Cover Image Credit: Citra Pramadi; Flickr Commons

Popular Right Now

College As Told By Junie B. Jones

A tribute to the beloved author Barbara Parks.

The Junie B. Jones series was a big part of my childhood. They were the first chapter books I ever read. On car trips, my mother would entertain my sister and me by purchasing a new Junie B. Jones book and reading it to us. My favorite part about the books then, and still, are how funny they are. Junie B. takes things very literally, and her (mis)adventures are hilarious. A lot of children's authors tend to write for children and parents in their books to keep the attention of both parties. Barbara Park, the author of the Junie B. Jones series, did just that. This is why many things Junie B. said in Kindergarten could be applied to her experiences in college, as shown here.

When Junie B. introduces herself hundreds of times during orientation week:

“My name is Junie B. Jones. The B stands for Beatrice. Except I don't like Beatrice. I just like B and that's all." (Junie B. Jones and the Stupid Smelly Bus, p. 1)

When she goes to her first college career fair:

"Yeah, only guess what? I never even heard of that dumb word careers before. And so I won't know what the heck we're talking about." (Junie B. Jones and her Big Fat Mouth, p. 2)

When she thinks people in class are gossiping about her:

“They whispered to each other for a real long time. Also, they kept looking at me. And they wouldn't even stop." (Junie B., First Grader Boss of Lunch, p. 66)

When someone asks her about the library:

“It's where the books are. And guess what? Books are my very favorite things in the whole world!" (Junie B. Jones and the Stupid Smelly Bus, p. 27)

When she doesn't know what she's eating at the caf:

“I peeked inside the bread. I stared and stared for a real long time. 'Cause I didn't actually recognize the meat, that's why. Finally, I ate it anyway. It was tasty...whatever it was." (Junie B., First Grader Boss of Lunch, p. 66)

When she gets bored during class:

“I drew a sausage patty on my arm. Only that wasn't even an assignment." (Junie B. Jones Loves Handsome Warren, p. 18)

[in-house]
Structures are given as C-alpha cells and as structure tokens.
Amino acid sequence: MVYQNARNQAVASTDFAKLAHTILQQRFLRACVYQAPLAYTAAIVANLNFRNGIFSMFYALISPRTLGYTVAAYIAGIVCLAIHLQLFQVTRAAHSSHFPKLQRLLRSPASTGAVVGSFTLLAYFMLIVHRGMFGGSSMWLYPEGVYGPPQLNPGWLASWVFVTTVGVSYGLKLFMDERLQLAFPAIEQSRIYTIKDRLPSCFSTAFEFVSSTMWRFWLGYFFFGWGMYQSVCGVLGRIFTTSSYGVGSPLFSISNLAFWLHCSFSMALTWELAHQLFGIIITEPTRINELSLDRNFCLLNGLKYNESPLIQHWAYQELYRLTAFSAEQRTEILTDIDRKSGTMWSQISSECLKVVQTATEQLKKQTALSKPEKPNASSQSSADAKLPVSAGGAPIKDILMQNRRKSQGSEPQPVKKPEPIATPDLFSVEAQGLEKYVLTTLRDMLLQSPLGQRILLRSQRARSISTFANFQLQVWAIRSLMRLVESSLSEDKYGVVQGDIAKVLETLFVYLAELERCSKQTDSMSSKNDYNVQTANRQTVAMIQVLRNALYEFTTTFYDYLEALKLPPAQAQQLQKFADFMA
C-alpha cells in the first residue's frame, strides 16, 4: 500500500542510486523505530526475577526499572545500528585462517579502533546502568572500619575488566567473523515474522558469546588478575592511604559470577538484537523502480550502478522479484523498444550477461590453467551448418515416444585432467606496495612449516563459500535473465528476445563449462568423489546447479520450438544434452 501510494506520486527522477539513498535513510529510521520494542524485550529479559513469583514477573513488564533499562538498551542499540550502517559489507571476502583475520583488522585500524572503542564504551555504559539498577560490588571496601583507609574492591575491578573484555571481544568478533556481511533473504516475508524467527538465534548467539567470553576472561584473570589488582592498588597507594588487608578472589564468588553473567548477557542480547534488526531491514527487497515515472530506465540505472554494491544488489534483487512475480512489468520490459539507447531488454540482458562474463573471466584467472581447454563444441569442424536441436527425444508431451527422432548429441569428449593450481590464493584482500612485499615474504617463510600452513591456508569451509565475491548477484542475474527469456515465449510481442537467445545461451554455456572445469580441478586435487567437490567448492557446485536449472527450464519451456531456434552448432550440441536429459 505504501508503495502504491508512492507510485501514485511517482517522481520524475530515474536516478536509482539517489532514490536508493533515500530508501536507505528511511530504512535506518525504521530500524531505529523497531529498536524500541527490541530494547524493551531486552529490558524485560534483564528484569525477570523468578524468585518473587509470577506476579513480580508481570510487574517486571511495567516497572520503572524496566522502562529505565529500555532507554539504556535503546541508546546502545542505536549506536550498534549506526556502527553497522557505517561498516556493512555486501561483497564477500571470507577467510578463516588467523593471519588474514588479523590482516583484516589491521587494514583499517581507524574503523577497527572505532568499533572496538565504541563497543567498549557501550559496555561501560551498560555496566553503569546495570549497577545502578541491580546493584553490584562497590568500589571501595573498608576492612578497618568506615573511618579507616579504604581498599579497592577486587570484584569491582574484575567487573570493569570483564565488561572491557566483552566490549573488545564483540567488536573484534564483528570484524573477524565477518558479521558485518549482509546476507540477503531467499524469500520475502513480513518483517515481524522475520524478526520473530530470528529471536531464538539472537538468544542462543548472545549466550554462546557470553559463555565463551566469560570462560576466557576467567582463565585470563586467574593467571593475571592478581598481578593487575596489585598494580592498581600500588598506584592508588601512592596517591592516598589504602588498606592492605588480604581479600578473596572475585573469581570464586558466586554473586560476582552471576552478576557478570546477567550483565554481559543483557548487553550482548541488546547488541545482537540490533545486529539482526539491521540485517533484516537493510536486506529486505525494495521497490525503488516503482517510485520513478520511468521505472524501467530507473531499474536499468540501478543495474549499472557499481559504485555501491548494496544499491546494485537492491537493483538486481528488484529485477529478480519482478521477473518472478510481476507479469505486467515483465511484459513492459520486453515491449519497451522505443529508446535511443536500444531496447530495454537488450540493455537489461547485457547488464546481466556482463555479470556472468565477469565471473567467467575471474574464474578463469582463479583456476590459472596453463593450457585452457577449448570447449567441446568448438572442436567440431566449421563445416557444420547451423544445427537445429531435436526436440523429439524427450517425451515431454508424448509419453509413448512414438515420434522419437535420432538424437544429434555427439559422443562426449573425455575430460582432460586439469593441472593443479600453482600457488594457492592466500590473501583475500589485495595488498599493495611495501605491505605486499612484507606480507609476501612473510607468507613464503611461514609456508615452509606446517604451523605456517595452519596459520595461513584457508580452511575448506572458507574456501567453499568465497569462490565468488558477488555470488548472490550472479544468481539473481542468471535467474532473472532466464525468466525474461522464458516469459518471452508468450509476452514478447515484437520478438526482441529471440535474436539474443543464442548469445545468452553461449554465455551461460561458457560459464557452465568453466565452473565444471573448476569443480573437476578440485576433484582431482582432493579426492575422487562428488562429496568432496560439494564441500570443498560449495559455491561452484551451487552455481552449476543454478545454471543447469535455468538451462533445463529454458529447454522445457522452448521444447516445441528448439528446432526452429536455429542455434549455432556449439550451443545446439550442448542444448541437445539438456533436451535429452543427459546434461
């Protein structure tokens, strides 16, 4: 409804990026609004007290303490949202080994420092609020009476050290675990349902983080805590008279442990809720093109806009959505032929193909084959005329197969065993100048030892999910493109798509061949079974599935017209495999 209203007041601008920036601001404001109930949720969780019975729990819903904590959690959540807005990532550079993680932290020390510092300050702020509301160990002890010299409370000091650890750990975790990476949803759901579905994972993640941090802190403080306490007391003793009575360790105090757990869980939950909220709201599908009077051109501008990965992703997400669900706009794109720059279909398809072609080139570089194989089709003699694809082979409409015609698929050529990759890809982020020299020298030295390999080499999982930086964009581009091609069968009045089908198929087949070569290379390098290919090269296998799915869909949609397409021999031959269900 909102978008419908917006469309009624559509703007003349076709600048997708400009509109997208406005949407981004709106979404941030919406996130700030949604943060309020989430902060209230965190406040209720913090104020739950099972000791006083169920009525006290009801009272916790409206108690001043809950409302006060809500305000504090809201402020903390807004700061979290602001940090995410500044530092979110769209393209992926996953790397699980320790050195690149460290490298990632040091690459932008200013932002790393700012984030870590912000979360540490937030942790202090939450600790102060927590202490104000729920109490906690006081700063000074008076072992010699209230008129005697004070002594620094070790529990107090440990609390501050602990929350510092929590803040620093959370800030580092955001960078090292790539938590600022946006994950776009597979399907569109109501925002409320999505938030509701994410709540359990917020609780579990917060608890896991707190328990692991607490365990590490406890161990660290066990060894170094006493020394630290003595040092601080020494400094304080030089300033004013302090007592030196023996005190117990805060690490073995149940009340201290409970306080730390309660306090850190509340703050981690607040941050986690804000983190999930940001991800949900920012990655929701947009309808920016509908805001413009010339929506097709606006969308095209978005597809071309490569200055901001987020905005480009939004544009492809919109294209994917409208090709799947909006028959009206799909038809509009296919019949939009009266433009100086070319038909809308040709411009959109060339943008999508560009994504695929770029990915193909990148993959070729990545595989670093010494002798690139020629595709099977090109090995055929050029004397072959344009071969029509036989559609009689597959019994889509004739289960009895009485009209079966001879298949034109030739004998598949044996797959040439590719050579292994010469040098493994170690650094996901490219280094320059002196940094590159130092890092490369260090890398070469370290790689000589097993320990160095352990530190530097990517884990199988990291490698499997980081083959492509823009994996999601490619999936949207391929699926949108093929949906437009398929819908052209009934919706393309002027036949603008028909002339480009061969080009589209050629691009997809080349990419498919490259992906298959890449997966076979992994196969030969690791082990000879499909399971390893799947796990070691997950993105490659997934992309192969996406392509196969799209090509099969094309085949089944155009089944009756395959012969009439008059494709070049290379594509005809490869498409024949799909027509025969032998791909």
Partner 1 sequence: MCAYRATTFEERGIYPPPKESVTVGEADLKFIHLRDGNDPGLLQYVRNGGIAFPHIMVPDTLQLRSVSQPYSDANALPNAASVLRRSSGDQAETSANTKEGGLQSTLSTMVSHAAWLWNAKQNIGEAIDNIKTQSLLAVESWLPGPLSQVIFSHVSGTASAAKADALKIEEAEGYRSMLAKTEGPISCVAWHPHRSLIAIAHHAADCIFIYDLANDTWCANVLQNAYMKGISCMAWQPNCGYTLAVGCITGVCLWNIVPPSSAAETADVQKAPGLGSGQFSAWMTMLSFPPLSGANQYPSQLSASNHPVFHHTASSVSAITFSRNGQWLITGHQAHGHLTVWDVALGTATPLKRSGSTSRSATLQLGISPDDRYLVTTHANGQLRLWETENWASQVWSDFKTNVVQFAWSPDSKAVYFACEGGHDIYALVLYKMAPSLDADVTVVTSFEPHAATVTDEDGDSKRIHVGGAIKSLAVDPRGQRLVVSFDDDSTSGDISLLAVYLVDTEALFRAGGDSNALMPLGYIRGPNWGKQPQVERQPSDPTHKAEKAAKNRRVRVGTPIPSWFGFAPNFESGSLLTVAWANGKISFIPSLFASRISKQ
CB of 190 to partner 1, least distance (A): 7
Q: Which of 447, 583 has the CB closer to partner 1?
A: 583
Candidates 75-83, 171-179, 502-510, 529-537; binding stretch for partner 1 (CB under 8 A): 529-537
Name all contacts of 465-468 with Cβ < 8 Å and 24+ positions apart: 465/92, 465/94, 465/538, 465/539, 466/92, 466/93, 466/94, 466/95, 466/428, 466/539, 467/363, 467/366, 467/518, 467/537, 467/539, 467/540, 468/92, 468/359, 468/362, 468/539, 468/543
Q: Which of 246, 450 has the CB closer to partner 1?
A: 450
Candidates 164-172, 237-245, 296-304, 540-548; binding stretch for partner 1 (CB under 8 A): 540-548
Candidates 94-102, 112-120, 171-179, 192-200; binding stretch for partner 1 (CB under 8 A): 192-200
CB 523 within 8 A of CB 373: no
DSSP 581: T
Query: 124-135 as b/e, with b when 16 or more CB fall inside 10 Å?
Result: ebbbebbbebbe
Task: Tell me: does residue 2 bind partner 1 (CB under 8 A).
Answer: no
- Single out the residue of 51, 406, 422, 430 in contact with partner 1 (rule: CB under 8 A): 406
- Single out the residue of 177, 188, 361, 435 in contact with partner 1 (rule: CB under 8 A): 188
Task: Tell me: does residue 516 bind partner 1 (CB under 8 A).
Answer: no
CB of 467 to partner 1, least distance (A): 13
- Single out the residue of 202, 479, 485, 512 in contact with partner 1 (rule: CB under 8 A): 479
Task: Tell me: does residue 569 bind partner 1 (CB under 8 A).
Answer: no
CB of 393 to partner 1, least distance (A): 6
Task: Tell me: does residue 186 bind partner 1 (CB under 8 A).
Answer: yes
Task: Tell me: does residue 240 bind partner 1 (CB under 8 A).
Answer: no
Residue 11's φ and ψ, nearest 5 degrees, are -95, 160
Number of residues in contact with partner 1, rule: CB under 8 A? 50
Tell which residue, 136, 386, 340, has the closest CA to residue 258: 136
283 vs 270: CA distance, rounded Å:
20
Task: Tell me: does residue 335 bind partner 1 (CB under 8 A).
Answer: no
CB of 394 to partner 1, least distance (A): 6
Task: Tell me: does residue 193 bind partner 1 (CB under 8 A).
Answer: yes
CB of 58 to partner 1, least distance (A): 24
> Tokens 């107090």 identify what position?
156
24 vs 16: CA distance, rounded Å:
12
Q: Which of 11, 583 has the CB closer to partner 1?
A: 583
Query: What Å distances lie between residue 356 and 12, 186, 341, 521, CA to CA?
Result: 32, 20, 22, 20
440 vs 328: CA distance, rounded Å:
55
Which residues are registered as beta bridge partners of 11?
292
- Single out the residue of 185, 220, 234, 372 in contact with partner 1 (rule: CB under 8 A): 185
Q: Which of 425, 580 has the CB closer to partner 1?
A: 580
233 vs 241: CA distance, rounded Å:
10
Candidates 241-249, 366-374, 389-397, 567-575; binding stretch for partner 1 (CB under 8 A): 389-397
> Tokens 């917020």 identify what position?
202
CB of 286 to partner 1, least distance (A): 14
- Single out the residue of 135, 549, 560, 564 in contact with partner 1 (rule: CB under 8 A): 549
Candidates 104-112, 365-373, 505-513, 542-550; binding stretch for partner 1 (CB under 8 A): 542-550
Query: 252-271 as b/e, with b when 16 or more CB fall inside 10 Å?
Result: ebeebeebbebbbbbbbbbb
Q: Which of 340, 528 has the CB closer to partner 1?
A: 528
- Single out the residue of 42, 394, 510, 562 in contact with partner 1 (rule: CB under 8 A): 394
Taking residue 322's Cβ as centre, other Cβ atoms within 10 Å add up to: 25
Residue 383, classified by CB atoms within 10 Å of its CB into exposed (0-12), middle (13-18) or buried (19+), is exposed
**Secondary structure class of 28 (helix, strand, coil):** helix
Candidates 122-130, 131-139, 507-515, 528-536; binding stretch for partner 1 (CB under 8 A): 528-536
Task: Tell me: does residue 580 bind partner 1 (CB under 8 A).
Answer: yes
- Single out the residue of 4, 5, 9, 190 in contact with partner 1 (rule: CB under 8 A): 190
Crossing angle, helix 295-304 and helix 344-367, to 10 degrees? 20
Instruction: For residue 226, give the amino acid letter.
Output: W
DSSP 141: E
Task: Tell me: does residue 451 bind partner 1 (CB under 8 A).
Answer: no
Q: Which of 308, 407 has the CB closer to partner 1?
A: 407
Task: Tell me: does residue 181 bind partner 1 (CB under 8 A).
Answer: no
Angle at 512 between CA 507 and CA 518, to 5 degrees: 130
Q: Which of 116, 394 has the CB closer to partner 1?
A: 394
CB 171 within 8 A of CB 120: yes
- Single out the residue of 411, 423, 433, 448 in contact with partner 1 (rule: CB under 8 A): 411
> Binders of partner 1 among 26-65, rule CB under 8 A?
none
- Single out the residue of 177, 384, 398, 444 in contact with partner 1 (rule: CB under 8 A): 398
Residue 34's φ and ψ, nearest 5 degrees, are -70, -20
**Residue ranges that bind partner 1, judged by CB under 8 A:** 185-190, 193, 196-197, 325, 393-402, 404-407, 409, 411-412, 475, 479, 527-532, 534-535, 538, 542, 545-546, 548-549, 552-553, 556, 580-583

When she considers dropping out:

“Maybe someday I will just be the Boss of Cookies instead!" (Junie B., First Grader Boss of Lunch, p. 76)

When her friends invite her to the lake for Labor Day:

“GOOD NEWS! I CAN COME TO THE LAKE WITH YOU, I BELIEVE!" (Junie B. Jones Smells Something Fishy, p. 17)

When her professor never enters grades on time:

“I rolled my eyes way up to the sky." (Junie B., First Grader Boss of Lunch, p. 38)

When her friends won't stop poking her on Facebook:

“Do not poke me one more time, and I mean it." (Junie B. Jones Smells Something Fishy, p. 7)

When she finds out she got a bad test grade:

“Then my eyes got a little bit wet. I wasn't crying, though." (Junie B. Jones and the Stupid Smelly Bus, p. 17)

When she isn't allowed to have a pet on campus but really wants one:


When she has to walk across campus in the dark:

“There's no such thing as monsters. There's no such thing as monsters." (Junie B. Jones Has a Monster Under Her Bed, p. 12)

When her boyfriend breaks her heart:

“I am a bachelorette. A bachelorette is when your boyfriend named Ricardo dumps you at recess. Only I wasn't actually expecting that terrible trouble." (Junie B. Jones Is (almost) a Flower Girl, p. 1)

When she paints her first canvas:

"And painting is the funnest thing I love!" (Junie B. Jones and her Big Fat Mouth, p. 61)

When her sorority takes stacked pictures:

“The biggie kids stand in the back. And the shortie kids stand in the front. I am a shortie kid. Only that is nothing to be ashamed of." (Junie B. Jones Has a Monster Under Her Bed, p. 7)

When she's had enough of the caf's food:

“Want to bake a lemon pie? A lemon pie would be fun, don't you think?" (Junie B. Jones Has a Monster Under Her Bed p. 34)

When she forgets about an exam: